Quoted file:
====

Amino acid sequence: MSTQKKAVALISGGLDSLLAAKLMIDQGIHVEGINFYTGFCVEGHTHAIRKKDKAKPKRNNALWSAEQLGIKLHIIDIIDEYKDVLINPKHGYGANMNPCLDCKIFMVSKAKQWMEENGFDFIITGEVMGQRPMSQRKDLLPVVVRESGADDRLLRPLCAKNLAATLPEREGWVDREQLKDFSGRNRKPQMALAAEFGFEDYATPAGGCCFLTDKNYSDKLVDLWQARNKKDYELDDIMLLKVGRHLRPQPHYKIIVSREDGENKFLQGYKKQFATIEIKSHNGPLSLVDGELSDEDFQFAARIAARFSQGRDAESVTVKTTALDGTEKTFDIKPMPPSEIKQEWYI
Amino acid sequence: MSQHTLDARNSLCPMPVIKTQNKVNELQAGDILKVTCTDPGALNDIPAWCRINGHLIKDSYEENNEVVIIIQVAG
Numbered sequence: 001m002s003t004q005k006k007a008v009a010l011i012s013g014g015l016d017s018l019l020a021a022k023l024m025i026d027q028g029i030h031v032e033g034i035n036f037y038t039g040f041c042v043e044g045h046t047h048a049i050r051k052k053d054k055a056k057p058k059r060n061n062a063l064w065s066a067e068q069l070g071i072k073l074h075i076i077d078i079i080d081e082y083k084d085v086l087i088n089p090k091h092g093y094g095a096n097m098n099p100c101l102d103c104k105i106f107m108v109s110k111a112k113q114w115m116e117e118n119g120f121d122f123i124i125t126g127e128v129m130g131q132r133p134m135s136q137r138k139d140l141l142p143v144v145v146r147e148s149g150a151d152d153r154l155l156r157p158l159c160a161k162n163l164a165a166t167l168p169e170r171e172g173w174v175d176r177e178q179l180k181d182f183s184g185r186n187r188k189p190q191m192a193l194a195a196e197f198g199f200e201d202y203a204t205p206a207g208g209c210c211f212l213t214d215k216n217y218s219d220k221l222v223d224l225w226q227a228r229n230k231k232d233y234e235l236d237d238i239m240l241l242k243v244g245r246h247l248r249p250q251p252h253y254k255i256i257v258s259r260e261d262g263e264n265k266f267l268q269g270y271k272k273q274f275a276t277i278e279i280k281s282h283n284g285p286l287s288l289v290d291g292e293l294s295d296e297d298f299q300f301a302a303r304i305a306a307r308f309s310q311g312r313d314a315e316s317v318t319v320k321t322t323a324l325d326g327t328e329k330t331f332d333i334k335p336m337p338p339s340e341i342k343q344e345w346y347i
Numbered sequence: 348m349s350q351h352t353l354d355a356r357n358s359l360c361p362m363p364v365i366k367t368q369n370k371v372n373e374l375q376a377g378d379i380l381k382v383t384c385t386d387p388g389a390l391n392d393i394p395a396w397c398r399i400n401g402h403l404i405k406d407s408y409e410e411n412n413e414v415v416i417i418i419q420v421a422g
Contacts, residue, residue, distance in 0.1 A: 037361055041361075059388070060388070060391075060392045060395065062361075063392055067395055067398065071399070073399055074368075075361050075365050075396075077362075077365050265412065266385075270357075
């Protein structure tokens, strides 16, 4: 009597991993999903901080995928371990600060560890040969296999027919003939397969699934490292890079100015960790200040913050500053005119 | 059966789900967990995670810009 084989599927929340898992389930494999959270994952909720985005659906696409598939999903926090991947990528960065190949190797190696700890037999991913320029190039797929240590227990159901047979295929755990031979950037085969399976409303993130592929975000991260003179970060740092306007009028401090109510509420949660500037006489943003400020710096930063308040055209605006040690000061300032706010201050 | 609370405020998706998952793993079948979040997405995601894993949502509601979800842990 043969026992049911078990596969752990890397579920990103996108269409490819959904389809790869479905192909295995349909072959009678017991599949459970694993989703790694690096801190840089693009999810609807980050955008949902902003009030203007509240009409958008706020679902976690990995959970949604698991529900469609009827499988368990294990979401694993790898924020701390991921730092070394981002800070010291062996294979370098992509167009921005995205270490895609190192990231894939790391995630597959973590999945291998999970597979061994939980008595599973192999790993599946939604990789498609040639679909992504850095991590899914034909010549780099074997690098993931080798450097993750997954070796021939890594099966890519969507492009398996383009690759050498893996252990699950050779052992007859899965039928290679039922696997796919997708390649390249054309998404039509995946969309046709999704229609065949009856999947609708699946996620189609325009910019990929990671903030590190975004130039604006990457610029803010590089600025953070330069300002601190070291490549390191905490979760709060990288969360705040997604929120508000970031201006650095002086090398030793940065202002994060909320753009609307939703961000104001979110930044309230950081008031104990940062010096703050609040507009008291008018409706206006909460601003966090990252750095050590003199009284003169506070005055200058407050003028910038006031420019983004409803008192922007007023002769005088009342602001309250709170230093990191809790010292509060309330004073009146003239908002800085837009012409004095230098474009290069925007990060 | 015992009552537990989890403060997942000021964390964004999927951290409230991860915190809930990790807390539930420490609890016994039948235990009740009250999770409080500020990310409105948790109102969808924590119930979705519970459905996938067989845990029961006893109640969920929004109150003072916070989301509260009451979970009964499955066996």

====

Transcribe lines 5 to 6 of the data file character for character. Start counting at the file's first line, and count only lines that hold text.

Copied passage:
Contacts, residue, residue, distance in 0.1 A: 037361055041361075059388070060388070060391075060392045060395065062361075063392055067395055067398065071399070073399055074368075075361050075365050075396075077362075077365050265412065266385075270357075
């Protein structure tokens, strides 16, 4: 009597991993999903901080995928371990600060560890040969296999027919003939397969699934490292890079100015960790200040913050500053005119 | 059966789900967990995670810009 084989599927929340898992389930494999959270994952909720985005659906696409598939999903926090991947990528960065190949190797190696700890037999991913320029190039797929240590227990159901047979295929755990031979950037085969399976409303993130592929975000991260003179970060740092306007009028401090109510509420949660500037006489943003400020710096930063308040055209605006040690000061300032706010201050 | 609370405020998706998952793993079948979040997405995601894993949502509601979800842990 043969026992049911078990596969752990890397579920990103996108269409490819959904389809790869479905192909295995349909072959009678017991599949459970694993989703790694690096801190840089693009999810609807980050955008949902902003009030203007509240009409958008706020679902976690990995959970949604698991529900469609009827499988368990294990979401694993790898924020701390991921730092070394981002800070010291062996294979370098992509167009921005995205270490895609190192990231894939790391995630597959973590999945291998999970597979061994939980008595599973192999790993599946939604990789498609040639679909992504850095991590899914034909010549780099074997690098993931080798450097993750997954070796021939890594099966890519969507492009398996383009690759050498893996252990699950050779052992007859899965039928290679039922696997796919997708390649390249054309998404039509995946969309046709999704229609065949009856999947609708699946996620189609325009910019990929990671903030590190975004130039604006990457610029803010590089600025953070330069300002601190070291490549390191905490979760709060990288969360705040997604929120508000970031201006650095002086090398030793940065202002994060909320753009609307939703961000104001979110930044309230950081008031104990940062010096703050609040507009008291008018409706206006909460601003966090990252750095050590003199009284003169506070005055200058407050003028910038006031420019983004409803008192922007007023002769005088009342602001309250709170230093990191809790010292509060309330004073009146003239908002800085837009012409004095230098474009290069925007990060 | 015992009552537990989890403060997942000021964390964004999927951290409230991860915190809930990790807390539930420490609890016994039948235990009740009250999770409080500020990310409105948790109102969808924590119930979705519970459905996938067989845990029961006893109640969920929004109150003072916070989301509260009451979970009964499955066996």